There are three main types of distractions. These are visual distractions, manual distractions and cognitive distractions. Any one of the three can cause an accident.
People are often most familiar with the first two. If a driver looks down at the phone so that they’re not looking at the road, it’s clear that they are being visually distracted. If a driver reaches into the back seat to hand something to a passenger, that would qualify as a manual distraction. Many people engage in these types of activities all the time when they eat food from a drive-thru, drink a cup of coffee, engage with passengers, interact with their children and much more.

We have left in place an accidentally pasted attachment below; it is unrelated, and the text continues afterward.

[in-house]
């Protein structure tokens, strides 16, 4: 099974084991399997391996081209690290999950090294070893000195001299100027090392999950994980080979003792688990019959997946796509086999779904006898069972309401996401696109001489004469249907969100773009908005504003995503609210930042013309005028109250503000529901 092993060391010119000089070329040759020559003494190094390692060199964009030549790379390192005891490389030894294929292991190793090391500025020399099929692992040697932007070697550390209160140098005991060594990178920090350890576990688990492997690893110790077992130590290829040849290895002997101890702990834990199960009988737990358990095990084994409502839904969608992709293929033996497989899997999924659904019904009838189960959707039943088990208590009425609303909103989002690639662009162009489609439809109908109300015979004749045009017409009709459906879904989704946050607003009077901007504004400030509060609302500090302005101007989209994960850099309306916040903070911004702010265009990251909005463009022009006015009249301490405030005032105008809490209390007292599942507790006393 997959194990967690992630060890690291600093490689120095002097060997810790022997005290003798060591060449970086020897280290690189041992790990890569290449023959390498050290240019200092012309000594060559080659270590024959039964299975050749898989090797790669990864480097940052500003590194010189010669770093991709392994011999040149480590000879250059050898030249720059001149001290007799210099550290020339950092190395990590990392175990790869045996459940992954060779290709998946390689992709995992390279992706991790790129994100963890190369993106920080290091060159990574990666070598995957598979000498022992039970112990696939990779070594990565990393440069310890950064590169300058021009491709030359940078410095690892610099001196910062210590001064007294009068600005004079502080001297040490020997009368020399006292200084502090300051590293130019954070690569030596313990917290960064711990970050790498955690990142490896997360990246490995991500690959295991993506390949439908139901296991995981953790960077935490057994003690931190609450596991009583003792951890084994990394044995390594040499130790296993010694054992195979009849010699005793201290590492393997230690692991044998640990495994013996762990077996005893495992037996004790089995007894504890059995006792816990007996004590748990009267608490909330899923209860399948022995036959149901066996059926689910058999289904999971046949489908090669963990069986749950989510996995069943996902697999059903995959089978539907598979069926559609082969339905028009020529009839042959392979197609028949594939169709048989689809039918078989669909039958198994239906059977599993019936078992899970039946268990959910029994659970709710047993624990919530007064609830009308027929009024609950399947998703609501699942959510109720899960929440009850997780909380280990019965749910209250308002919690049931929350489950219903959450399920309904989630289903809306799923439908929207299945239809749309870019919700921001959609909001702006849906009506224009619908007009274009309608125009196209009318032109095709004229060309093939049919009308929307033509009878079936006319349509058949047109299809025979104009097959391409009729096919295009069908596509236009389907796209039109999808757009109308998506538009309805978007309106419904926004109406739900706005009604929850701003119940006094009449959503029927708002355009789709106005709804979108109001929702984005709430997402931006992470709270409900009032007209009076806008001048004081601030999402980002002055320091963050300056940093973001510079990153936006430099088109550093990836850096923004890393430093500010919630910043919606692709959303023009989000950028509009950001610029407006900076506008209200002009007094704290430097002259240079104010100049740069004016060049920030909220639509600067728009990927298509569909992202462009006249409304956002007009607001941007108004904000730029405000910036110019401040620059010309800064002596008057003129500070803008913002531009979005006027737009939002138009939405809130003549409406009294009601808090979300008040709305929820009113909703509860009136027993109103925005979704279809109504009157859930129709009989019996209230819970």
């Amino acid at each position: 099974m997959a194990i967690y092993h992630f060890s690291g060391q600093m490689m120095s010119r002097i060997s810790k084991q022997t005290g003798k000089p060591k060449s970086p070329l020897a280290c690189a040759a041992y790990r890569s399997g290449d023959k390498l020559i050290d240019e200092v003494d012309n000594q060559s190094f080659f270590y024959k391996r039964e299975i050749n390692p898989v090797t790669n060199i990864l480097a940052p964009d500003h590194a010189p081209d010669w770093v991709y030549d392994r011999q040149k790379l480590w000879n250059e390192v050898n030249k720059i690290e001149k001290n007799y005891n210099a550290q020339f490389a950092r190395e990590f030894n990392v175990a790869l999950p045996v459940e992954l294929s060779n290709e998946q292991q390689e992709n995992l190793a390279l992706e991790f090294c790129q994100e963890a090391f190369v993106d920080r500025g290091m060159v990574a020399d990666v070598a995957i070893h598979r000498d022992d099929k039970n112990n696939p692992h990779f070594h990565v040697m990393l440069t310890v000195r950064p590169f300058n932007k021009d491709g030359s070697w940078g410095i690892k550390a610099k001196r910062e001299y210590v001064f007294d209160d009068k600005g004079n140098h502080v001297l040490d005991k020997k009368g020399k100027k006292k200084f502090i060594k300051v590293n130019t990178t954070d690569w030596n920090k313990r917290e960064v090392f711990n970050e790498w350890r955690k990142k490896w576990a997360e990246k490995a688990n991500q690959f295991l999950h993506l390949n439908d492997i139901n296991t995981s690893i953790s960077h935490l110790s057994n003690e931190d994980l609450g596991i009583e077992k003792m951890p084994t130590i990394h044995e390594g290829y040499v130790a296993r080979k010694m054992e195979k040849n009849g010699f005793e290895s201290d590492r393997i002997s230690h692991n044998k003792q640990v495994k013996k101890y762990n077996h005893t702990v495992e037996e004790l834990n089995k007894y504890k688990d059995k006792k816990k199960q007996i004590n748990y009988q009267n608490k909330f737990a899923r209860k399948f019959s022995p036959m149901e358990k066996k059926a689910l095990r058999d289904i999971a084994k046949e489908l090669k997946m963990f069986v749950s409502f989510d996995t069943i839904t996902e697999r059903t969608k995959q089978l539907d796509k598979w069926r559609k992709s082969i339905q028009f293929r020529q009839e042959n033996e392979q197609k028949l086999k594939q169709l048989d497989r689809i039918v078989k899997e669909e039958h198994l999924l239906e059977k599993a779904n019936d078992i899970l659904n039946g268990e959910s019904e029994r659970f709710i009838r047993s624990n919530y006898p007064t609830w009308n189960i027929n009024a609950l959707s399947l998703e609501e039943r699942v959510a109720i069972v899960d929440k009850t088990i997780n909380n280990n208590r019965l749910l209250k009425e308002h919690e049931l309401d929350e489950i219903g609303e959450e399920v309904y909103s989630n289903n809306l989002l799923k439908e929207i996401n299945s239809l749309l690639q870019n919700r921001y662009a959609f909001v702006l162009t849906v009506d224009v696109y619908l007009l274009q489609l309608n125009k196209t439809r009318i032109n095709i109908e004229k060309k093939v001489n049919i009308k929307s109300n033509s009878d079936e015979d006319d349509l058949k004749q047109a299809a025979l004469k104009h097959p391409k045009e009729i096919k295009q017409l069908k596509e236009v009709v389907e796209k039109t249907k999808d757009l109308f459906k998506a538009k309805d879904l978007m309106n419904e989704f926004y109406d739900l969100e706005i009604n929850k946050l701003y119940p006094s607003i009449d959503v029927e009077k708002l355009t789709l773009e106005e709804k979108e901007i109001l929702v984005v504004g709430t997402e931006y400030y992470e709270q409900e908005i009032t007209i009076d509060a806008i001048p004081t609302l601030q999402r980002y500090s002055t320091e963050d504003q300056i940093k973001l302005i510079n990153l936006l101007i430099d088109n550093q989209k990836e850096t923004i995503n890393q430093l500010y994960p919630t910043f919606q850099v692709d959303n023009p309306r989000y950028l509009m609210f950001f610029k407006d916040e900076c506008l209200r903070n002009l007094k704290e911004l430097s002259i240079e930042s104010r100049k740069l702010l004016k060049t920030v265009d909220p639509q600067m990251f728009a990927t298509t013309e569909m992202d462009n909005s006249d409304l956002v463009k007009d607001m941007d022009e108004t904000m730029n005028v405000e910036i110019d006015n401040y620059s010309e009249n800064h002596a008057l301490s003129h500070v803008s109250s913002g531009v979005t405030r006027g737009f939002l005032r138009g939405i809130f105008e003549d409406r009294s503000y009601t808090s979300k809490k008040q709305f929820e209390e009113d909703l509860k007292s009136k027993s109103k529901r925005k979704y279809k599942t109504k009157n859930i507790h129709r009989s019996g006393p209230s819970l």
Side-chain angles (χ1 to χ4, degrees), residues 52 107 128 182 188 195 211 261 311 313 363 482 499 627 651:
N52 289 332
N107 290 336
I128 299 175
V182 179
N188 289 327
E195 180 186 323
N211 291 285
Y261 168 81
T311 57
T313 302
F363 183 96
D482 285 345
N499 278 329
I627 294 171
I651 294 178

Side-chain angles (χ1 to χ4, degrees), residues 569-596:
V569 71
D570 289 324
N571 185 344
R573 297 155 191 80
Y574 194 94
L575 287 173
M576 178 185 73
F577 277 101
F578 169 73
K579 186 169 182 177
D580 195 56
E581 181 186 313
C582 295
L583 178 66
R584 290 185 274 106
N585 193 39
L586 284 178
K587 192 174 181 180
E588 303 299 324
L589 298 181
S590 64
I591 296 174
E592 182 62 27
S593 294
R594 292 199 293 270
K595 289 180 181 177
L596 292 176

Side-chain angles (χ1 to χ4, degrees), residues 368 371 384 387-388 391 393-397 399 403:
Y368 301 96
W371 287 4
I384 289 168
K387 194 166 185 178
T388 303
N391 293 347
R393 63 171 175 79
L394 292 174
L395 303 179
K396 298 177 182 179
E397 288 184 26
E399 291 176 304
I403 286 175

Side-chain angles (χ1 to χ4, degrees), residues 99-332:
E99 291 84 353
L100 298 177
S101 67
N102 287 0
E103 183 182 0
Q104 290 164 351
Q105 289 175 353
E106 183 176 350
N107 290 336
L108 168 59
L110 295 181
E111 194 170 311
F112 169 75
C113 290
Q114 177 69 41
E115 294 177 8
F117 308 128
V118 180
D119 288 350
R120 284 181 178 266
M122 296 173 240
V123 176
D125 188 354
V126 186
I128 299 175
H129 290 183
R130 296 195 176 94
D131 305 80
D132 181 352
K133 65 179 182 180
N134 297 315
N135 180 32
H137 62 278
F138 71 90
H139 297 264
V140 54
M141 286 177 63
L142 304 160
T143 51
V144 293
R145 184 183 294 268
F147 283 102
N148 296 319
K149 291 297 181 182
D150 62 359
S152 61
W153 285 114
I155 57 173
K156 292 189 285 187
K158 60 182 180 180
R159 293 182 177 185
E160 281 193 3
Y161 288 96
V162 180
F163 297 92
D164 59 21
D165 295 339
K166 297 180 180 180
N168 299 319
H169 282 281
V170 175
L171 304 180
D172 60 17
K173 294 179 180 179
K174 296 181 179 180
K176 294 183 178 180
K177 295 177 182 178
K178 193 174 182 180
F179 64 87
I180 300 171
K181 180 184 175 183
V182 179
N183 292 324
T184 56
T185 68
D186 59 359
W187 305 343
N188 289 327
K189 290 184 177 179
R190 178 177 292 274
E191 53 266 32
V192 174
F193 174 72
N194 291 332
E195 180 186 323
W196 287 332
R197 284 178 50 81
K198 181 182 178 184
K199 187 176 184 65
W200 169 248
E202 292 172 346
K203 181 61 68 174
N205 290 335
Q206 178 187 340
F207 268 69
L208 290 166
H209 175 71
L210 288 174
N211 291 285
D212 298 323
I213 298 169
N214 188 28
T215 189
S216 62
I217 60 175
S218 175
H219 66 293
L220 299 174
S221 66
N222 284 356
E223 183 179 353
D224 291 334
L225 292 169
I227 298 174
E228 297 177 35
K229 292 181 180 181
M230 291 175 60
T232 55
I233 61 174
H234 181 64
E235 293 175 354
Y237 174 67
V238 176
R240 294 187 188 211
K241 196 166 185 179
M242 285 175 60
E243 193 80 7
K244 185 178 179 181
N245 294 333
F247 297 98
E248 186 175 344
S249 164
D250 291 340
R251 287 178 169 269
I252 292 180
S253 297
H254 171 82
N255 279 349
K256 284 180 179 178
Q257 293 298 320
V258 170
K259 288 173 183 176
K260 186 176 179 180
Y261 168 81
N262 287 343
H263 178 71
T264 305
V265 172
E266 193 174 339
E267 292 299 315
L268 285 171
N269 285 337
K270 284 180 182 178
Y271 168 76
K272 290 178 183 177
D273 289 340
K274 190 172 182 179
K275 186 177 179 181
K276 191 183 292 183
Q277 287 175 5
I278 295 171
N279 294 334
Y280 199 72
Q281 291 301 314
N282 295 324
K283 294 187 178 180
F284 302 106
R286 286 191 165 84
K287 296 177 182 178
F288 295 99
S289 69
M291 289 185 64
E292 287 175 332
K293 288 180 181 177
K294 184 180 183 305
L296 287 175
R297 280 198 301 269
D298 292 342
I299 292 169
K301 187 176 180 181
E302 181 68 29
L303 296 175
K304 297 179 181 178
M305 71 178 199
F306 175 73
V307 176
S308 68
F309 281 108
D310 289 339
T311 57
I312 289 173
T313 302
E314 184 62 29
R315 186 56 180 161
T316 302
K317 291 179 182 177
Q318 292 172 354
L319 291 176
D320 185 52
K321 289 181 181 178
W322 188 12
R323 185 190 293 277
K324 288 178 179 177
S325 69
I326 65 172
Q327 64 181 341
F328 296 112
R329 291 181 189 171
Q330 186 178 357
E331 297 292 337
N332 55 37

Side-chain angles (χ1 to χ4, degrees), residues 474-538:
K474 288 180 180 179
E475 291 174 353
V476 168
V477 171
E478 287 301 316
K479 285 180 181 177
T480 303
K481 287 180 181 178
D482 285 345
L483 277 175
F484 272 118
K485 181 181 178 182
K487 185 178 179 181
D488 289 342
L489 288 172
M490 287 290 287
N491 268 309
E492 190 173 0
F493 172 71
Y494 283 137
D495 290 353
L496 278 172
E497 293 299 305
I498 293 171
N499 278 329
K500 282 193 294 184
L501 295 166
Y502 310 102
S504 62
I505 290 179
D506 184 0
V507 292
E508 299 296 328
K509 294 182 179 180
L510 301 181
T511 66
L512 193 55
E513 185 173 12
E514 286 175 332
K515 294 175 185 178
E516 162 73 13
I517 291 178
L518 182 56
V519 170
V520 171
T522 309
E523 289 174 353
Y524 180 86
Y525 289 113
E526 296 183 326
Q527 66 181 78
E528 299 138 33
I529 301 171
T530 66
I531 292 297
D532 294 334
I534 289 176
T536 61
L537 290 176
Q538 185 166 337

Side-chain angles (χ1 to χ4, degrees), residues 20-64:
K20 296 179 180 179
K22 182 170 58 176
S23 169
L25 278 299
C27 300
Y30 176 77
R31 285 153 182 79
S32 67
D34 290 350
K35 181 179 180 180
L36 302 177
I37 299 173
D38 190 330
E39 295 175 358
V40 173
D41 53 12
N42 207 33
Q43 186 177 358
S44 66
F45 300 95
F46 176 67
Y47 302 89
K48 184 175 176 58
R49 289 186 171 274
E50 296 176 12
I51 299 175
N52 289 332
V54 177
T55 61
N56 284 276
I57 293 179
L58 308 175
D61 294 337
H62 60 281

Drivers may not appear distracted, but they may mentally “check out”
Cognitive distractions are different because they can be much harder to identify. The driver may still appear to be paying attention to what they’re doing, holding the wheel and things of this nature. But they are simply not thinking about driving. They’re not focusing on it and they’re not concentrating.
Why not? There are plenty of reasons. Talking on the phone is a cognitive distraction. Listening to the radio could also qualify. Even daydreaming can cause car accidents, if a person’s mind just wanders on their daily commute. Road rage could even be a type of cognitive distraction if someone starts thinking about how angry they are with another driver.
Because distractions are so common, they often lead to serious accidents. Those who have suffered injuries need to know how to seek compensation for medical bills, lost wages, and any other costs.